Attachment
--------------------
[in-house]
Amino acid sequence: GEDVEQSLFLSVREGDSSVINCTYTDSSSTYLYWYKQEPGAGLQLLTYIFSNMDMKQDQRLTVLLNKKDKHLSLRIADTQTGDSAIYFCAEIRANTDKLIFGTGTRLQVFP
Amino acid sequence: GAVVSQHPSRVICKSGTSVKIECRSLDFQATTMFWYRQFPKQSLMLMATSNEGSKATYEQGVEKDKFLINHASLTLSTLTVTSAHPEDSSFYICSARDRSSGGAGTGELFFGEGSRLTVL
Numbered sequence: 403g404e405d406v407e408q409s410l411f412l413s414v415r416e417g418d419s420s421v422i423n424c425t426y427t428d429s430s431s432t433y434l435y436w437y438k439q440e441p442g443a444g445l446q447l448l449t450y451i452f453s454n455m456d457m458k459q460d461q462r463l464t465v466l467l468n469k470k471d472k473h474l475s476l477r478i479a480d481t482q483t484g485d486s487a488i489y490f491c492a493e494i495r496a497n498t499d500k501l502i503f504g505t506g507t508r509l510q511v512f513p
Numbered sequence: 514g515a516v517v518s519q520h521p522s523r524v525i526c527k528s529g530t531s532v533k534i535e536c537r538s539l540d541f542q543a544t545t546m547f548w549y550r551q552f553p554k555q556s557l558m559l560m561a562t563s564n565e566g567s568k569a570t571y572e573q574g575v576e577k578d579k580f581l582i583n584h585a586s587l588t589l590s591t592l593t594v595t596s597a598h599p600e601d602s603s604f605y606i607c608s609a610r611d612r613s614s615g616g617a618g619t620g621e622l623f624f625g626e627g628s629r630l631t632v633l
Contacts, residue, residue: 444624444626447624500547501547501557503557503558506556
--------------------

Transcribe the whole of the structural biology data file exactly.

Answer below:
[in-house]
Amino acid sequence: GEDVEQSLFLSVREGDSSVINCTYTDSSSTYLYWYKQEPGAGLQLLTYIFSNMDMKQDQRLTVLLNKKDKHLSLRIADTQTGDSAIYFCAEIRANTDKLIFGTGTRLQVFP
Amino acid sequence: GAVVSQHPSRVICKSGTSVKIECRSLDFQATTMFWYRQFPKQSLMLMATSNEGSKATYEQGVEKDKFLINHASLTLSTLTVTSAHPEDSSFYICSARDRSSGGAGTGELFFGEGSRLTVL
Numbered sequence: 403g404e405d406v407e408q409s410l411f412l413s414v415r416e417g418d419s420s421v422i423n424c425t426y427t428d429s430s431s432t433y434l435y436w437y438k439q440e441p442g443a444g445l446q447l448l449t450y451i452f453s454n455m456d457m458k459q460d461q462r463l464t465v466l467l468n469k470k471d472k473h474l475s476l477r478i479a480d481t482q483t484g485d486s487a488i489y490f491c492a493e494i495r496a497n498t499d500k501l502i503f504g505t506g507t508r509l510q511v512f513p
Numbered sequence: 514g515a516v517v518s519q520h521p522s523r524v525i526c527k528s529g530t531s532v533k534i535e536c537r538s539l540d541f542q543a544t545t546m547f548w549y550r551q552f553p554k555q556s557l558m559l560m561a562t563s564n565e566g567s568k569a570t571y572e573q574g575v576e577k578d579k580f581l582i583n584h585a586s587l588t589l590s591t592l593t594v595t596s597a598h599p600e601d602s603s604f605y606i607c608s609a610r611d612r613s614s615g616g617a618g619t620g621e622l623f624f625g626e627g628s629r630l631t632v633l
Contacts, residue, residue: 444624444626447624500547501547501557503557503558506556